The most interesting and fascinating aspect of this post to me is how you seem to stop and ponder the most simple and basic parts of life -- clothes lines, a pair of chairs, a broom... My life is pretty hectic right now, but I hope I can soon take time to pause and to ponder the little things; imagine the stories families could tell. So important, I think.

    August 9, 2012 | Unregistered CommenterSue

    precious...and nostalgic, a look back at things we miss i think. memories that fade until we're reminded of them. a bit melancholy...which is a word i love and think of as 'happiness tinged with longing'...

    August 10, 2012 | Registered CommenterEliza

    Oh Marcie...I remember reading your post and thought I had left a comment. Perhaps I was interrupted and didn't get the comment completed -- the grandsons may have walked in, who knows! Perhaps the comment 'didn't get through' as we know happens from time to time.

    Upon reading this the other day I remember being reminded of your Italy clothesline series and how very much I enjoyed that series. I also remember thinking about how this post so beautifully reminds us all to pause and savor the little things of daily life. I remember this being one of my favorite posts of yours....

    Sorry my first attempt at a comment didn't get through. I'm sure it was written 'better.' ;)

    August 10, 2012 | Unregistered CommenterSue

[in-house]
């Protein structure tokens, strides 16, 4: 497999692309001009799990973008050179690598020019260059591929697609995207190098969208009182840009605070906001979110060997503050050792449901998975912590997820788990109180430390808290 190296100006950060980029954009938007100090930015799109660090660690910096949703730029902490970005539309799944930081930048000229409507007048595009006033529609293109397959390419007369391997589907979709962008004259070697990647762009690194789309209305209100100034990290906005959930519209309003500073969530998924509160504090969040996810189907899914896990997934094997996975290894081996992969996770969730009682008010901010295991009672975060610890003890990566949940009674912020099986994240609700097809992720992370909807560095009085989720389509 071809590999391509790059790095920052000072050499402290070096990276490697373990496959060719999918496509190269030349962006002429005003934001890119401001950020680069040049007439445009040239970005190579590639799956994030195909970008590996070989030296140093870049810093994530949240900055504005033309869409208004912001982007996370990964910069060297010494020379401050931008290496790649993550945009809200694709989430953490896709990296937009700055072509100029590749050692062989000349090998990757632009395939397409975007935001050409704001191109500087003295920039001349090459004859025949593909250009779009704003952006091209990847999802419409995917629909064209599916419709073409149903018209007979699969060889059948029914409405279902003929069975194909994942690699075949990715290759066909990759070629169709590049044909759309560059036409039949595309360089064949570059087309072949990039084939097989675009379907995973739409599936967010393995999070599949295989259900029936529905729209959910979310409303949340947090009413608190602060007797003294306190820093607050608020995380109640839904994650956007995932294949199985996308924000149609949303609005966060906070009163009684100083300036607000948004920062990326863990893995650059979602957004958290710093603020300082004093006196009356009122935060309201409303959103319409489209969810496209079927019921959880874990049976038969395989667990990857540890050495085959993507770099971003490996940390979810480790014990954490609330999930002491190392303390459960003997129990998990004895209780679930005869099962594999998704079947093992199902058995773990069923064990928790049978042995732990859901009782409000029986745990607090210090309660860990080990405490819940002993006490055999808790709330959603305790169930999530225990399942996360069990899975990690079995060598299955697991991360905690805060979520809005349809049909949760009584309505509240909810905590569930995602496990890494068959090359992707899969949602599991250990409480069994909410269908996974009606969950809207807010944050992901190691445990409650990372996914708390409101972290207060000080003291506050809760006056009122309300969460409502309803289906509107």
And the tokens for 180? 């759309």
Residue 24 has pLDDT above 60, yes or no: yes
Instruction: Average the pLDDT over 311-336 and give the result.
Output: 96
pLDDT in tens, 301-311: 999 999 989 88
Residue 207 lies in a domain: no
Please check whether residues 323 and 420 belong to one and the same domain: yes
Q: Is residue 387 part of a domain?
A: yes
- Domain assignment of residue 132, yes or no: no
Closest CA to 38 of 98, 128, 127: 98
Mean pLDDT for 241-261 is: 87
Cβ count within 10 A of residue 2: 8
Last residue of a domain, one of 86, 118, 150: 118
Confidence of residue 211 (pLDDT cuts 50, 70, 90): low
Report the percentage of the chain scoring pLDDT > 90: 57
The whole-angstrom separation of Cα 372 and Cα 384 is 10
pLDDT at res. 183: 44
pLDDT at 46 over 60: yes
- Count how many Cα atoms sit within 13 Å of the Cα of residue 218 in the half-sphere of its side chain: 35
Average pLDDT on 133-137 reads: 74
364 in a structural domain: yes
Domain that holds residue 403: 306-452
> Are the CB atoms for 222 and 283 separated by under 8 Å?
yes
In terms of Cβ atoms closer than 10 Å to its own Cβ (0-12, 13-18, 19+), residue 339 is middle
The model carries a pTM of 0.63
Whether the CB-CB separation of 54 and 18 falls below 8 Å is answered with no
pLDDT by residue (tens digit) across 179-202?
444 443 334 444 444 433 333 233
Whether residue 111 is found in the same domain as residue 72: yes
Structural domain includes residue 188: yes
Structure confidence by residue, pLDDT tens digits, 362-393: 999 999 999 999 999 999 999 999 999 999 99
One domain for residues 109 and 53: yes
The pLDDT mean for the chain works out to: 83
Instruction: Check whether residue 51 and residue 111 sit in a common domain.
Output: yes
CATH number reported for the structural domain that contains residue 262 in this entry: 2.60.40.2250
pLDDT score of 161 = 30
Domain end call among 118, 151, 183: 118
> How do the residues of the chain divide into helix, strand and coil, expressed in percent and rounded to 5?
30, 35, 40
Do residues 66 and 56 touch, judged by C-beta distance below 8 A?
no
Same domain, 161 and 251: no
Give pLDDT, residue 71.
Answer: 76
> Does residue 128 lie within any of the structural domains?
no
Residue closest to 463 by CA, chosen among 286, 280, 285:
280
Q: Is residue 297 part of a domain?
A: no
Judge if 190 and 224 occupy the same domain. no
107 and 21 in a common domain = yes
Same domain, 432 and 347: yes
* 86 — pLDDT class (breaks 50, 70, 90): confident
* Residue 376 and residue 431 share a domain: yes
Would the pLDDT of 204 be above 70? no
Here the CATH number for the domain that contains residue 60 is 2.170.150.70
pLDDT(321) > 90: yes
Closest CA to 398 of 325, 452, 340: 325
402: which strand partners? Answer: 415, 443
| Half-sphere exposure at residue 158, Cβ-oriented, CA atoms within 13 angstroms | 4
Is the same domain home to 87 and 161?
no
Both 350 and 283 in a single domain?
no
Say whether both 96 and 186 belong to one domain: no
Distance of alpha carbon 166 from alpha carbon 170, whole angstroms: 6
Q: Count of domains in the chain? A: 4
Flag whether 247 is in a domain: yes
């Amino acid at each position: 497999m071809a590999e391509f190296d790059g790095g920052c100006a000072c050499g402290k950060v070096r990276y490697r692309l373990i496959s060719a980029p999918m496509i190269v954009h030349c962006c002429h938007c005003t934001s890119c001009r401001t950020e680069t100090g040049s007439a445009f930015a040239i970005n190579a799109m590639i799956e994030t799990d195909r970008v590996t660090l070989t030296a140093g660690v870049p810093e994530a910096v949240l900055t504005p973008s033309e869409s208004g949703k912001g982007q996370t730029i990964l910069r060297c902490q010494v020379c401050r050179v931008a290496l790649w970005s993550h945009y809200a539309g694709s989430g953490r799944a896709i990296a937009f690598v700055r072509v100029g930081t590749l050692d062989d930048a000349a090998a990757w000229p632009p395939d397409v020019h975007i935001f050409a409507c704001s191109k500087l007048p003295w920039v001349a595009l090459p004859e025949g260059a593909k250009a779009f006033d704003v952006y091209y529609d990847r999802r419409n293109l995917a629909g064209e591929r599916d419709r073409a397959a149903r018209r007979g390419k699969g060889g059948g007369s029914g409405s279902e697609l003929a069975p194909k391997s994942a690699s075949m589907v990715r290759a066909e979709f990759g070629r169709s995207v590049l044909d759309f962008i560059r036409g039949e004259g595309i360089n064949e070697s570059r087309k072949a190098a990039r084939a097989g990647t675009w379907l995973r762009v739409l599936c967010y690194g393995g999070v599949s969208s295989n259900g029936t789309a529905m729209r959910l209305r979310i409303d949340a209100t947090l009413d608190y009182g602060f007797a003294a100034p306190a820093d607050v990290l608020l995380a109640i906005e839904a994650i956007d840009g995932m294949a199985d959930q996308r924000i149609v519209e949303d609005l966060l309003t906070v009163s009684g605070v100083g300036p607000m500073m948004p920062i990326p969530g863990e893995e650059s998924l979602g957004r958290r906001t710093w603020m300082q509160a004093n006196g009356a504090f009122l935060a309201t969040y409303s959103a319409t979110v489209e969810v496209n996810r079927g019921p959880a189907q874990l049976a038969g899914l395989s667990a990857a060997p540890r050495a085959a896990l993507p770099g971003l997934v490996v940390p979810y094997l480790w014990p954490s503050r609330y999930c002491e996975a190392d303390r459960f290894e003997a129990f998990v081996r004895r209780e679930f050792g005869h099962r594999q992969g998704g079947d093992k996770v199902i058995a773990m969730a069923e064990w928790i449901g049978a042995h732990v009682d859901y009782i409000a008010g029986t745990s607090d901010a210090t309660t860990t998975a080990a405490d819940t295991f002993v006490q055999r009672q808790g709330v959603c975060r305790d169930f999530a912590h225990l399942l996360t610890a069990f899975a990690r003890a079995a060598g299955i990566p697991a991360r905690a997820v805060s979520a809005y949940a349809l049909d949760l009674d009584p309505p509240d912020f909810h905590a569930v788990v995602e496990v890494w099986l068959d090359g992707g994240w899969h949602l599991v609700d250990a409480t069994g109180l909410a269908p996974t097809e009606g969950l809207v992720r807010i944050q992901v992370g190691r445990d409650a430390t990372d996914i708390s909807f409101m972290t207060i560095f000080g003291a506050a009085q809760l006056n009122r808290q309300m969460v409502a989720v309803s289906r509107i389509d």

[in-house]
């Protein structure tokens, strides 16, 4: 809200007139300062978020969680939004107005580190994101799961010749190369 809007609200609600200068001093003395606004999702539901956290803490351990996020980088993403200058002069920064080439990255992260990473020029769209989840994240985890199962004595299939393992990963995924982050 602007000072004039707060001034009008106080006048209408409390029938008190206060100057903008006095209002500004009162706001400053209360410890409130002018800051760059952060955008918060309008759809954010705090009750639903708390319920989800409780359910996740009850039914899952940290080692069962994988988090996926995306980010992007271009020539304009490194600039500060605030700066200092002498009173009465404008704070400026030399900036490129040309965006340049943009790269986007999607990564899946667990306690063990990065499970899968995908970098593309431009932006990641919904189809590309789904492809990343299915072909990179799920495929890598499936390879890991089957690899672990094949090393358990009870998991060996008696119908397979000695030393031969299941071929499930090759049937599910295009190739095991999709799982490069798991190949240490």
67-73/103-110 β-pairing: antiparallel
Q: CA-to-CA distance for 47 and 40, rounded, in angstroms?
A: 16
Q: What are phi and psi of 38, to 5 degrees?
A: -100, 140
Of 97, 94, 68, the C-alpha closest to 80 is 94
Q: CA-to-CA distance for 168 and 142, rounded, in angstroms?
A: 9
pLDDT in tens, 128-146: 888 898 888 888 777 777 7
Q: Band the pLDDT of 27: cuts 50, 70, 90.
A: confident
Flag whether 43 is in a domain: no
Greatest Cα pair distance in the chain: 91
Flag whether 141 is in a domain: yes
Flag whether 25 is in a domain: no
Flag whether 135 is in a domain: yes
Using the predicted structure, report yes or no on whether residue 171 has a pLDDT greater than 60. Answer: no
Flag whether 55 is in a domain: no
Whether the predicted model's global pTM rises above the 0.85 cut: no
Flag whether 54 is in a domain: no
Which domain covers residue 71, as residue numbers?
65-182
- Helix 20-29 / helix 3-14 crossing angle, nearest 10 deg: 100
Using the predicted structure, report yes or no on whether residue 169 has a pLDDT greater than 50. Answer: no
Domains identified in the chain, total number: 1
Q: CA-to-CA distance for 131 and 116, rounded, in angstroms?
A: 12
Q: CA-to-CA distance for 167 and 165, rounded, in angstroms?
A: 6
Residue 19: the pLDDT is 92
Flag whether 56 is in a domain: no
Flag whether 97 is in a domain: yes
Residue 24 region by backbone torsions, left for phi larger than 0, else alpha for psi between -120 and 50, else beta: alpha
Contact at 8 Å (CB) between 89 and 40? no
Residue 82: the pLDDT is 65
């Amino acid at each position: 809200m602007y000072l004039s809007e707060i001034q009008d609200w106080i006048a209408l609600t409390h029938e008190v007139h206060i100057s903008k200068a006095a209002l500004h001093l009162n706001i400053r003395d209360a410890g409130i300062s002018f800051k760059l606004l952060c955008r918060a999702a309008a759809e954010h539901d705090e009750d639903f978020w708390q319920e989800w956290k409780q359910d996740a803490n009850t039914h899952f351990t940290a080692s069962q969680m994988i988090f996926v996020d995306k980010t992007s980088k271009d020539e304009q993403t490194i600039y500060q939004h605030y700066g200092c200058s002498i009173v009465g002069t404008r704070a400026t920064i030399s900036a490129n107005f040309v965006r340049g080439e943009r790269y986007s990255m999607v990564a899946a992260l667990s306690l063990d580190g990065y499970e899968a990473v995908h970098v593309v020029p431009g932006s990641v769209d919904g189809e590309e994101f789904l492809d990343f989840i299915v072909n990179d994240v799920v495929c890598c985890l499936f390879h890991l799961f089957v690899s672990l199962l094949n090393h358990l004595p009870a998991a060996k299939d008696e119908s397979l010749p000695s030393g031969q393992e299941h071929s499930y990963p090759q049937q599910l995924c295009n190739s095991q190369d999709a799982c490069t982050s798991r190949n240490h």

Beautiful as always, and I love laundry pictures

    August 12, 2012 | Unregistered CommenterPetra

    I love this post and the photo. I can't look at something without imagining the person tied to the object or scene. People wonder why I hang on to an old table rather than replacing it with something new, while I know it was my grandparents, who I never met, but I picture them and my Dad through that table. Or actions like washing dishes or hanging up clothes make me think of my Mom and the conversations we had while doing these tasks. Walking through an antique store is almost overwhelming because of the scenes that float into my mind. I think these imaginations are a lovely thing.

    August 12, 2012 | Unregistered CommenterMaery Rose

    Marcie, such a beautiful, quiet piece. I remember my mom hanging the laundry on the clothesline, and as a little girl I would sometimes help her, handing her the clothpins, deciding which color to give her. Years later, my daughter helped me hanging the laundry, and she did exaclty the same thing, looking which color of clothpin she would give me.
    I like to take a look at the ordinary of life as well. It tells so many stories.

    August 13, 2012 | Unregistered CommenterCarola